15. Groundwater Quality, Age, and Probability of Contamination, Eagle River Watershed Valley-Fill Aquifer, North-Central Colorado, 2006-2007 (United States)

    Rupert, Michael G.; Plummer, Niel


    The Eagle River watershed is located near the destination resort town of Vail, Colorado. The area has a fastgrowing permanent population, and the resort industry is rapidly expanding. A large percentage of the land undergoing development to support that growth overlies the Eagle River watershed valley-fill aquifer (ERWVFA), which likely has a high predisposition to groundwater contamination. As development continues, local organizations need tools to evaluate potential land-development effects on ground- and surface-water resources so that informed land-use and water management decisions can be made. To help develop these tools, the U.S. Geological Survey (USGS), in cooperation with Eagle County, the Eagle River Water and Sanitation District, the Town of Eagle, the Town of Gypsum, and the Upper Eagle Regional Water Authority, conducted a study in 2006-2007 of the groundwater quality, age, and probability of contamination in the ERWVFA, north-central Colorado. Ground- and surface-water quality samples were analyzed for major ions, nutrients, stable isotopes of hydrogen and oxygen in water, tritium, dissolved gases, chlorofluorocarbons (CFCs), and volatile organic compounds (VOCs) determined with very low-level laboratory methods. The major-ion data indicate that groundwaters in the ERWVFA can be classified into two major groups: groundwater that was recharged by infiltration of surface water, and groundwater that had less immediate recharge from surface water and had elevated sulfate concentrations. Sulfate concentrations exceeded the USEPA National Secondary Drinking Water Regulations (250 milligrams per liter) in many wells near Eagle, Gypsum, and Dotsero. The predominant source of sulfate to groundwater in the Eagle River watershed is the Eagle Valley Evaporite, which is a gypsum deposit of Pennsylvanian age located predominantly in the western one-half of Eagle County.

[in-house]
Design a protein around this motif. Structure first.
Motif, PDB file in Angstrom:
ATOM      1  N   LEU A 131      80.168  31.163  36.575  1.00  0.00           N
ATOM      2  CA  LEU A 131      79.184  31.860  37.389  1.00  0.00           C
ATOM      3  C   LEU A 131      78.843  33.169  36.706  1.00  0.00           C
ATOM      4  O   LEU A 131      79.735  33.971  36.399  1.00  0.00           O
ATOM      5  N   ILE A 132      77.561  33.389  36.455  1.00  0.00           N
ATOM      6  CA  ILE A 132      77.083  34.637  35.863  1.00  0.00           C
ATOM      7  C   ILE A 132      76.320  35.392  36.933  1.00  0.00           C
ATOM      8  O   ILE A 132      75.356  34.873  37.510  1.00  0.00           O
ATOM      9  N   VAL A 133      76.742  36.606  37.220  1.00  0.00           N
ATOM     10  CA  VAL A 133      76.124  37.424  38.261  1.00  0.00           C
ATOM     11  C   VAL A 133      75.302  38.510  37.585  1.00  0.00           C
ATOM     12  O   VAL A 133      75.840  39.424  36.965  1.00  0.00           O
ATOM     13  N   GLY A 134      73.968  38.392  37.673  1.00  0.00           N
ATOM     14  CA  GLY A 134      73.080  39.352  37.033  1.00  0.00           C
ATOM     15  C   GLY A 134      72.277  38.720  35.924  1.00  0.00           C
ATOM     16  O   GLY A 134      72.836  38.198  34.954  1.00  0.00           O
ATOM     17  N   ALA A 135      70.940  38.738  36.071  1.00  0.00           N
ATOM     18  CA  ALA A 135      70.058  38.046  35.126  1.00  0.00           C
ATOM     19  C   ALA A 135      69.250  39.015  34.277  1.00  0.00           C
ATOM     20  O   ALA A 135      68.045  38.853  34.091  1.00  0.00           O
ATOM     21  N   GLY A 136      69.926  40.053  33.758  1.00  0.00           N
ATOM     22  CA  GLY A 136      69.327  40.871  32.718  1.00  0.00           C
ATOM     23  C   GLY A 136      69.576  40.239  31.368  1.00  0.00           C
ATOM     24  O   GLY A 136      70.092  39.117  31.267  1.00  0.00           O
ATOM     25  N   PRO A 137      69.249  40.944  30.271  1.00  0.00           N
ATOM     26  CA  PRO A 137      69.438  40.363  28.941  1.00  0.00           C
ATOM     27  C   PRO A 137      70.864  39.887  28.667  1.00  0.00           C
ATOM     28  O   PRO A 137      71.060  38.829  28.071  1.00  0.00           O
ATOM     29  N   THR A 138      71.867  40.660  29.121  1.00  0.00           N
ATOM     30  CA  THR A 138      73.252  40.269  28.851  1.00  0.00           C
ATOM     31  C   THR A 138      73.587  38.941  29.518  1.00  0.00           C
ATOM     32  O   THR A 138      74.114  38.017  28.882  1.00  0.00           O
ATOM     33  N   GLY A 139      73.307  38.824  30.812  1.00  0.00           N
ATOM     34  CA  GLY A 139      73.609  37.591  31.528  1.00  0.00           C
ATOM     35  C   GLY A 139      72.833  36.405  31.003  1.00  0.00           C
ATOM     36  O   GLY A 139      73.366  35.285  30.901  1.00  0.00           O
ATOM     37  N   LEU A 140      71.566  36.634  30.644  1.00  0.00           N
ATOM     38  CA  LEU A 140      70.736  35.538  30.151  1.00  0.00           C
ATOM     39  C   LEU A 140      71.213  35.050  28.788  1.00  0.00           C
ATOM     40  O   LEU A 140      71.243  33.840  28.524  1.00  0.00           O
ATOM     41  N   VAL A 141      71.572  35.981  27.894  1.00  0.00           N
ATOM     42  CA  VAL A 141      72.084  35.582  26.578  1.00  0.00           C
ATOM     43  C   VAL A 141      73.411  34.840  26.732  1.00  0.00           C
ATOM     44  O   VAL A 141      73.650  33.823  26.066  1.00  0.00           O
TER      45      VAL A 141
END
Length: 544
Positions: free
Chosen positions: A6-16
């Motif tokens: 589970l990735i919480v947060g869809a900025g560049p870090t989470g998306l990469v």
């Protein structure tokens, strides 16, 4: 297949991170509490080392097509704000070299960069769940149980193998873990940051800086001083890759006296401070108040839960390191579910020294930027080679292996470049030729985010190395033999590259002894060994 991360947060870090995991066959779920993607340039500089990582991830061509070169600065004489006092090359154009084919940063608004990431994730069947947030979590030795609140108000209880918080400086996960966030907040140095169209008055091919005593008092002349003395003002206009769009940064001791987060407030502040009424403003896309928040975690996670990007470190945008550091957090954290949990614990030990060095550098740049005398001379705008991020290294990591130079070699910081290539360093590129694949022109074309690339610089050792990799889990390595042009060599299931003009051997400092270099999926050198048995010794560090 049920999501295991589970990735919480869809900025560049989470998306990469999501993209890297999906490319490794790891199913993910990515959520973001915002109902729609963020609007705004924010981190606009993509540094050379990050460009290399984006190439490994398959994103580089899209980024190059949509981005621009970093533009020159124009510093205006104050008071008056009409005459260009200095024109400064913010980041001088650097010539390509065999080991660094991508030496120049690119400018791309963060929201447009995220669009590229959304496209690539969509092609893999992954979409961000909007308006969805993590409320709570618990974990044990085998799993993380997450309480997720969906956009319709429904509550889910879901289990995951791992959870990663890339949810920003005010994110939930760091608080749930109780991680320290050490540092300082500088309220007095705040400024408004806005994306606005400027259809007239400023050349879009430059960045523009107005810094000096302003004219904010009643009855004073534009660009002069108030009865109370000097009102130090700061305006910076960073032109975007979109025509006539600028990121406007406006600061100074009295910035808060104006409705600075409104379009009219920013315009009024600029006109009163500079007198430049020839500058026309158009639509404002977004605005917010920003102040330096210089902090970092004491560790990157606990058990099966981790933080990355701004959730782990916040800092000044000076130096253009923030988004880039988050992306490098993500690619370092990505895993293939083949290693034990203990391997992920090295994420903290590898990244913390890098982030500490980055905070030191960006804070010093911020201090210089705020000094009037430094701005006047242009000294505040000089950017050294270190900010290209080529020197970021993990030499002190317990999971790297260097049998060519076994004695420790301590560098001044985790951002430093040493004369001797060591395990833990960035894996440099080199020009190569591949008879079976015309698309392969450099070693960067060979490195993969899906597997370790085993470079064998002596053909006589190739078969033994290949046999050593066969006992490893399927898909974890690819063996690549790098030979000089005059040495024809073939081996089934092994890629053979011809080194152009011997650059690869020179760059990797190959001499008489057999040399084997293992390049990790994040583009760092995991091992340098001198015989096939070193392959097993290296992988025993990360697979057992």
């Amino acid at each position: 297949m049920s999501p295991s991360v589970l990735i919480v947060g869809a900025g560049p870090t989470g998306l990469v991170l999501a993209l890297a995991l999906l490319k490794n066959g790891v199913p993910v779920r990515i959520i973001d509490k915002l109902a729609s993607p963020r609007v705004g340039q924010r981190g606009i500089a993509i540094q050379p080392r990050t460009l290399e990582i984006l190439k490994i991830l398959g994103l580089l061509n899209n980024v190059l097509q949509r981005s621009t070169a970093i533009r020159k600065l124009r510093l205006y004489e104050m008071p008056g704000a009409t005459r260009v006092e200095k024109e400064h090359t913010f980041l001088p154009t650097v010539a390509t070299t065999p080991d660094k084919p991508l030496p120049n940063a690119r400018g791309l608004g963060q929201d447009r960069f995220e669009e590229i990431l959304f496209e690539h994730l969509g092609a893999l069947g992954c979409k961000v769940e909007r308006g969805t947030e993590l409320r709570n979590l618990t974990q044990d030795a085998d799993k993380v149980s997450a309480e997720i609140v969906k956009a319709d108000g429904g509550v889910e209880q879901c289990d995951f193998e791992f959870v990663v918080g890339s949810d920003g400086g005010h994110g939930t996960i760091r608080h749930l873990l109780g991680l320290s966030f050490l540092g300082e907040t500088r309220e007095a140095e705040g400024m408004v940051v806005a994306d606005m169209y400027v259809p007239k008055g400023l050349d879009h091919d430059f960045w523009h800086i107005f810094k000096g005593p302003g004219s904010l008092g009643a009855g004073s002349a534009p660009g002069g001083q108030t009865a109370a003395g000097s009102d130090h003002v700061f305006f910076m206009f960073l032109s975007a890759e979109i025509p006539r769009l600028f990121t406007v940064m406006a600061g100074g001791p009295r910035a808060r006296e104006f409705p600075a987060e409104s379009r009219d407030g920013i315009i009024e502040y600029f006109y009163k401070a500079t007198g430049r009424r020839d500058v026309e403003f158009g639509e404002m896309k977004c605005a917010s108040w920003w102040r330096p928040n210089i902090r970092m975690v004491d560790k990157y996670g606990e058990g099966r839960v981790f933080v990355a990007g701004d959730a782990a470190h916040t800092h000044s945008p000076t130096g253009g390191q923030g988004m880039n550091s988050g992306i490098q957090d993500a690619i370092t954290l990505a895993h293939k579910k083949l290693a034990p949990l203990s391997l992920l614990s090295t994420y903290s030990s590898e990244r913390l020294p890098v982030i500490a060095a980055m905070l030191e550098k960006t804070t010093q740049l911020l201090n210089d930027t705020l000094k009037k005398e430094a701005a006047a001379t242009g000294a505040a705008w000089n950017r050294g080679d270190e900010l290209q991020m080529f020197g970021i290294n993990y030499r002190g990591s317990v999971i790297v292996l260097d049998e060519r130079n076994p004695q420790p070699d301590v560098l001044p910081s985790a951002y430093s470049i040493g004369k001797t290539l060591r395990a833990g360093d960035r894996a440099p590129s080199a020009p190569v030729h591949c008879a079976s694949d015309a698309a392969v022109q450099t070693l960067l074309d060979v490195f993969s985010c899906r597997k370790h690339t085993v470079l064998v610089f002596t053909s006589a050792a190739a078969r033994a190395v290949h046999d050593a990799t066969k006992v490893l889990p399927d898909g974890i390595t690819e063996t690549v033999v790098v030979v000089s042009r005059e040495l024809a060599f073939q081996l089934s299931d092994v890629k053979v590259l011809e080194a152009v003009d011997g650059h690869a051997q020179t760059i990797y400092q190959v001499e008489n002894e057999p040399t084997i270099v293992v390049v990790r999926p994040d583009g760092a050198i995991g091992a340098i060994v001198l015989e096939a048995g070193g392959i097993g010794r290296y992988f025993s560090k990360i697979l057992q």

16. Levels of Organisation in agent-based modelling for renewable resources management. Agricultural water management collective rules enforcement in the French Drome River Valley Case Study

    International Nuclear Information System (INIS)

    Abrami, G.


    Levels of Organisation in agent-based modelling for renewable resources management. Agricultural water management collective rules enforcement in the French Dr me River Valley Case Study. In the context of Agent-Based Modelling for participative renewable resources management, this thesis is concerned with representing multiple tangled levels of organisation of a system. The Agent-Group-Role (AGR) formalism is borrowed from computer science research. It has been conceptually specified to handle levels of organisation, and behaviours within levels of organisation. A design methodology dedicated to AGR modelling has been developed, together with an implementation of the formalism over a multi-agent platform. AGR models of agricultural water management in the French Dr me River Valley have been built and tested. This experiment demonstrates the AGR formalism ability to (1) clarify usually implicit hypothesis on action modes, scales or viewpoints (2) facilitate the definition of scenarios with various collective rules, and various rules in enforcement behaviours (3) generate bricks for generic irrigated catchment models. (author)